The final direction that we live in is the present. The now. Right now. This very instant. The power of the moment is that we have the opportunity, now, to make changes that can change our lives and make our lives better.
We can resolve to eat better, exercise more, take more time to be thankful, spend more time with family, read more, practice a skill more…(the possibilities are endless)…NOW. We can do those things to help us realize the better future we imagine.
The moment is supreme because the moment is what we have control over. It’s the only part of our life that we have any direct control over.
We can determine, now, to make any positive change in our lives.
To think about the power that The Moment has, can be, in a very real sense, overwhelming. But it shouldn’t be. It should be empowering. Right now there are people resolving to fulfill some of their own life’s dreams. They are taking a step outside their comfort zones and embracing all the thrills, joys, and disappointments that come with waking up dormant energy and ideas and pushing forth into the unknown.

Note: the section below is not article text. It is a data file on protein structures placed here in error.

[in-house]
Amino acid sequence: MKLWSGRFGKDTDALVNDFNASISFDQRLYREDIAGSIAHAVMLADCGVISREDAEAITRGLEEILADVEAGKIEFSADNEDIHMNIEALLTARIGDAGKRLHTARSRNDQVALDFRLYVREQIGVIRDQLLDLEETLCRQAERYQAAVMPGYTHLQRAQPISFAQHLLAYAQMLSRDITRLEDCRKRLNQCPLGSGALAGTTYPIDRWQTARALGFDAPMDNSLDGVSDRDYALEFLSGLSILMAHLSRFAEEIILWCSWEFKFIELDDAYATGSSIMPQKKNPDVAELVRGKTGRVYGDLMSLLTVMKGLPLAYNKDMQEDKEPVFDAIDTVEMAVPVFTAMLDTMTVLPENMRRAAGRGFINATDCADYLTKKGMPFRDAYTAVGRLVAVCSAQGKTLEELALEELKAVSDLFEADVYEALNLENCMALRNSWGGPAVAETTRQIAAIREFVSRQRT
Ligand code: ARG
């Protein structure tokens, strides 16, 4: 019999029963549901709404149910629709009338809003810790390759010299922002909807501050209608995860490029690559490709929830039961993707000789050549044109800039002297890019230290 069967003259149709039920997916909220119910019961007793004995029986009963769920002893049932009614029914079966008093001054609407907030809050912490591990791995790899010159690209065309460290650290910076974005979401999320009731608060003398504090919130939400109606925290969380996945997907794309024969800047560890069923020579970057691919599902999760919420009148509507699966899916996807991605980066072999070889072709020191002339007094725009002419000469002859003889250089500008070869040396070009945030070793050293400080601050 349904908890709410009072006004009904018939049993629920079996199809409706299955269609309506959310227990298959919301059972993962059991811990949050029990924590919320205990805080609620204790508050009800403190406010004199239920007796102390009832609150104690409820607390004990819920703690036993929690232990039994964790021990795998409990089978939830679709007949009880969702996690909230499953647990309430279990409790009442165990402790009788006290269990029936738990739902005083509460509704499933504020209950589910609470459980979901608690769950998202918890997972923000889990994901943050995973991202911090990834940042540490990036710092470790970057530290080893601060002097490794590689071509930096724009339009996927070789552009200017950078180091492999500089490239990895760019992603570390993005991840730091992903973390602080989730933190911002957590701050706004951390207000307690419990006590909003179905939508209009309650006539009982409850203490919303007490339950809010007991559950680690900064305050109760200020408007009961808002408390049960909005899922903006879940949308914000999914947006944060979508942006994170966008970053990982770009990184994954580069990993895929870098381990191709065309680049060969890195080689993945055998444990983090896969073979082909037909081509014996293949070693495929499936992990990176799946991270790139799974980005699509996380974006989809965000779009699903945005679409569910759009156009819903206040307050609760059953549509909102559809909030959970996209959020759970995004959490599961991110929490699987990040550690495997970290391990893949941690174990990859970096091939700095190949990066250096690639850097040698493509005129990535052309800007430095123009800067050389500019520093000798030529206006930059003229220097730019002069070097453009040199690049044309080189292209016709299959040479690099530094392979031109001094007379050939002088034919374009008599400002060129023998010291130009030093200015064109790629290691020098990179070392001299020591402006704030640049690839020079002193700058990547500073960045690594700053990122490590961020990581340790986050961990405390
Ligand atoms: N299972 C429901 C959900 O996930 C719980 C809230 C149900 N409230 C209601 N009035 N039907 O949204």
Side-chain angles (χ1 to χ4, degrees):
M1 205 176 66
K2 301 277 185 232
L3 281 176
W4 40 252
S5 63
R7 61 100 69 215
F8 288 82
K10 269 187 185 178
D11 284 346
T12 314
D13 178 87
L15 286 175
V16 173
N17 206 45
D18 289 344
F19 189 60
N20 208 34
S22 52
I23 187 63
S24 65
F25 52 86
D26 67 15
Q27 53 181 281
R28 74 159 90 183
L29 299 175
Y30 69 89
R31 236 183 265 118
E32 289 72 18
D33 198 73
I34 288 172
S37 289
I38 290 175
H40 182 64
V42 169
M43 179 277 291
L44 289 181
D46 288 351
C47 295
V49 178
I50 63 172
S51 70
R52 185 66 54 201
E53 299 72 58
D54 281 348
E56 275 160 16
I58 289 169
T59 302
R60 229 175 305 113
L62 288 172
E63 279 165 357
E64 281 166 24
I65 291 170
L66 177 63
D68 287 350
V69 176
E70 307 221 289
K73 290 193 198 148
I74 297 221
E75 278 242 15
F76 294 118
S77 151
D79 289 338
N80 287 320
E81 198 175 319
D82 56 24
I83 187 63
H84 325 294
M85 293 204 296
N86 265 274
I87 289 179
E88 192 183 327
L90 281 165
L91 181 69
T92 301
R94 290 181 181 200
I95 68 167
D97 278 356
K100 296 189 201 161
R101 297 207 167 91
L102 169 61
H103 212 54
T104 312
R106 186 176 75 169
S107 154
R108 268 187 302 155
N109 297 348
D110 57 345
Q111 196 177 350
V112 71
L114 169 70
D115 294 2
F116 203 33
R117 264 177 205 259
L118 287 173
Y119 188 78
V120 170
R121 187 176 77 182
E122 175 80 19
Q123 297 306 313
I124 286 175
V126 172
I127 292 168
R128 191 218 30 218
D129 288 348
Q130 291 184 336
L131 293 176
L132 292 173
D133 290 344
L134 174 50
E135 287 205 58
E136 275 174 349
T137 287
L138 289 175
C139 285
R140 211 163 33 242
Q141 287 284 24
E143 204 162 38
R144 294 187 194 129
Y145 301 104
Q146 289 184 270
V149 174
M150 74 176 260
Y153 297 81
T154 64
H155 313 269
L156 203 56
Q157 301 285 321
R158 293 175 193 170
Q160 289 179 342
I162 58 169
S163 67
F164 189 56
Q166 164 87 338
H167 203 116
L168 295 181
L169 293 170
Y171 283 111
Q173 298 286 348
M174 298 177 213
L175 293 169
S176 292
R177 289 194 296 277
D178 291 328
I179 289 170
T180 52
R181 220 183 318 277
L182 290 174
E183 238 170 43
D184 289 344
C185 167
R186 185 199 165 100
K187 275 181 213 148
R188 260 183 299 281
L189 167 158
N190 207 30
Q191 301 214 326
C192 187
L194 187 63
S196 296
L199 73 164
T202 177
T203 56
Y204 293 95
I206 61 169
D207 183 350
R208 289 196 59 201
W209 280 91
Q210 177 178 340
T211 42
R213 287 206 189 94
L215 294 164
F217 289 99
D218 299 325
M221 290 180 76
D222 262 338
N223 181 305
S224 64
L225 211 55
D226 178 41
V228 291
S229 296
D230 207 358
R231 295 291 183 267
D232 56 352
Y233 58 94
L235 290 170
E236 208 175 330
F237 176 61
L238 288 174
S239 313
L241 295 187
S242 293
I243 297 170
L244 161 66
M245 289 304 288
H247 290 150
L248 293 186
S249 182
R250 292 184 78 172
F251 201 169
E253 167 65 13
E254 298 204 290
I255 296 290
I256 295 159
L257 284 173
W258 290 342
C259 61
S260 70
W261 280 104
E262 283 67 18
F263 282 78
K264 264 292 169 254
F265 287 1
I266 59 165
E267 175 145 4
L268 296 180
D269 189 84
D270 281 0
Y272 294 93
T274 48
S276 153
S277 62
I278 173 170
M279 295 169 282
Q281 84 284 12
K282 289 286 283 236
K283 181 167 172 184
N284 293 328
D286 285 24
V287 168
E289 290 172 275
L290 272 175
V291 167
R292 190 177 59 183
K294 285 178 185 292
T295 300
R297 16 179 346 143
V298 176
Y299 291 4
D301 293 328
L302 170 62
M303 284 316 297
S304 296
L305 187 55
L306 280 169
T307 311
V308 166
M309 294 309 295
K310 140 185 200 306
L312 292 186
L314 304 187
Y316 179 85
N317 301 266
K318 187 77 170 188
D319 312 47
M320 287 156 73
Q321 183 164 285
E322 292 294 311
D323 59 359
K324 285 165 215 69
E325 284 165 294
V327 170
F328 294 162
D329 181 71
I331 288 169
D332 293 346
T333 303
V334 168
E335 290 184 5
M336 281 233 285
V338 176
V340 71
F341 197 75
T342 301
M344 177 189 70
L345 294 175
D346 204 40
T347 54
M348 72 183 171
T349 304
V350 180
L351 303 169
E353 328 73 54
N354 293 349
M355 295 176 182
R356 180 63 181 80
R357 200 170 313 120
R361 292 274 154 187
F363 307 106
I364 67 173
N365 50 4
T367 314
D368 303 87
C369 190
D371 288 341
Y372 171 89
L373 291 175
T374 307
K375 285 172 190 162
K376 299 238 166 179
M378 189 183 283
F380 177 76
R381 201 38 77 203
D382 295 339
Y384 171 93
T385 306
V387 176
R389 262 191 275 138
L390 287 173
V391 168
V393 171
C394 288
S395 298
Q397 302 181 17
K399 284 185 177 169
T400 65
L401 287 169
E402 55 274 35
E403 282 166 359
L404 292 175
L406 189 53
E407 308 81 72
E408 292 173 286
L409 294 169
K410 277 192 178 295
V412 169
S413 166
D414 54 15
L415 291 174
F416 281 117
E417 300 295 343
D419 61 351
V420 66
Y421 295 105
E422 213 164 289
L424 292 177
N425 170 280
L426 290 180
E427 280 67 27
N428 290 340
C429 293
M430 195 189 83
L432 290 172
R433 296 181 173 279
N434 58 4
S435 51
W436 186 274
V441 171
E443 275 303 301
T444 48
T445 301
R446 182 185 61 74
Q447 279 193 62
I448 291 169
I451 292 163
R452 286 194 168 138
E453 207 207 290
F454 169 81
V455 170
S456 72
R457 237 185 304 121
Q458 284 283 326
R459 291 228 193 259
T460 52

Teachers and, dare I say, all adults (parents, grandparents, volunteers) have the power, each day, to excite kids and turn them on to so much. This includes learning, but it can be expanded to kindness, compassion, empathy, understanding…and so much more.
Our opportunity is now, but so are the chances and opportunities for our children. One responsibility of adulthood should be teaching children that they have the power to make critical decisions that will positively shape their lives, to not be passive, but rather to seize the moment and seize the day. Kids have only one chance to be whatever they are at the time. They get one chance at first grade. One chance at fifth grade. One. And once childhood and innocence are gone, they don’t come back.
The moment is supreme. When we live in the moment (with our sights and our decisions also focusing forward toward our future), we can become our very best selves. When we teach this to children, we can help them become their very best selves as well.
Abraham Maslow developed a theory based around his Hierarchy of Needs. In this he is saying, “We must take care of the needs of the moment, and only when they are being met, can we self-actualize.”
Our job is to help each child meet those needs so they can self-actualize and work (and live) to their potential.
When one balances maximizing the moment with imagination (a rich vision for the future), he goes a long way to taking control over his own destiny. This is one way that we can help children to be successful.
The very best thing about living in the moment is that at every moment you get a new one to live.
Spend those moments well!
(Please follow me on Twitter: @DrPaulRSem)